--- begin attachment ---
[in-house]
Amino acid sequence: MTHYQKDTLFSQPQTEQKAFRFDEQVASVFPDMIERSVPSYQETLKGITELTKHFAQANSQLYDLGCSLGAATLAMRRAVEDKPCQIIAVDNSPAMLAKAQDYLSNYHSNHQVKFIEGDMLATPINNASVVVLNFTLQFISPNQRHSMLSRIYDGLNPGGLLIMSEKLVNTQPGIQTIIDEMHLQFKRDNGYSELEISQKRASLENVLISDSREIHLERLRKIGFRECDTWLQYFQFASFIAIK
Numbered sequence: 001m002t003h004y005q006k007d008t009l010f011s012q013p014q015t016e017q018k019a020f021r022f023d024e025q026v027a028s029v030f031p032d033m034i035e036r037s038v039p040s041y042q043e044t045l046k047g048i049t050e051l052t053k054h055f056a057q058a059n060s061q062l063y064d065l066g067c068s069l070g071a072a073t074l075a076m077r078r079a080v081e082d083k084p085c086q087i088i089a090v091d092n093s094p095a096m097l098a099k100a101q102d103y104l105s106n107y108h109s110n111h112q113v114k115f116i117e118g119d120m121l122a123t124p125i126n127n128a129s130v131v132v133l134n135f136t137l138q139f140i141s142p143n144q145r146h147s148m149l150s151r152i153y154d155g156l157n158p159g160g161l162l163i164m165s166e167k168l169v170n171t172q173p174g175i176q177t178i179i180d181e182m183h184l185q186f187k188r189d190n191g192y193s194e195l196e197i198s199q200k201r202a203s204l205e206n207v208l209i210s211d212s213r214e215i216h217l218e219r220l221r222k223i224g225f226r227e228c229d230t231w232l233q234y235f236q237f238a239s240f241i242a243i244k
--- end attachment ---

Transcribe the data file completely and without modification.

[in-house]
Amino acid sequence: MTHYQKDTLFSQPQTEQKAFRFDEQVASVFPDMIERSVPSYQETLKGITELTKHFAQANSQLYDLGCSLGAATLAMRRAVEDKPCQIIAVDNSPAMLAKAQDYLSNYHSNHQVKFIEGDMLATPINNASVVVLNFTLQFISPNQRHSMLSRIYDGLNPGGLLIMSEKLVNTQPGIQTIIDEMHLQFKRDNGYSELEISQKRASLENVLISDSREIHLERLRKIGFRECDTWLQYFQFASFIAIK
Numbered sequence: 001m002t003h004y005q006k007d008t009l010f011s012q013p014q015t016e017q018k019a020f021r022f023d024e025q026v027a028s029v030f031p032d033m034i035e036r037s038v039p040s041y042q043e044t045l046k047g048i049t050e051l052t053k054h055f056a057q058a059n060s061q062l063y064d065l066g067c068s069l070g071a072a073t074l075a076m077r078r079a080v081e082d083k084p085c086q087i088i089a090v091d092n093s094p095a096m097l098a099k100a101q102d103y104l105s106n107y108h109s110n111h112q113v114k115f116i117e118g119d120m121l122a123t124p125i126n127n128a129s130v131v132v133l134n135f136t137l138q139f140i141s142p143n144q145r146h147s148m149l150s151r152i153y154d155g156l157n158p159g160g161l162l163i164m165s166e167k168l169v170n171t172q173p174g175i176q177t178i179i180d181e182m183h184l185q186f187k188r189d190n191g192y193s194e195l196e197i198s199q200k201r202a203s204l205e206n207v208l209i210s211d212s213r214e215i216h217l218e219r220l221r222k223i224g225f226r227e228c229d230t231w232l233q234y235f236q237f238a239s240f241i242a243i244k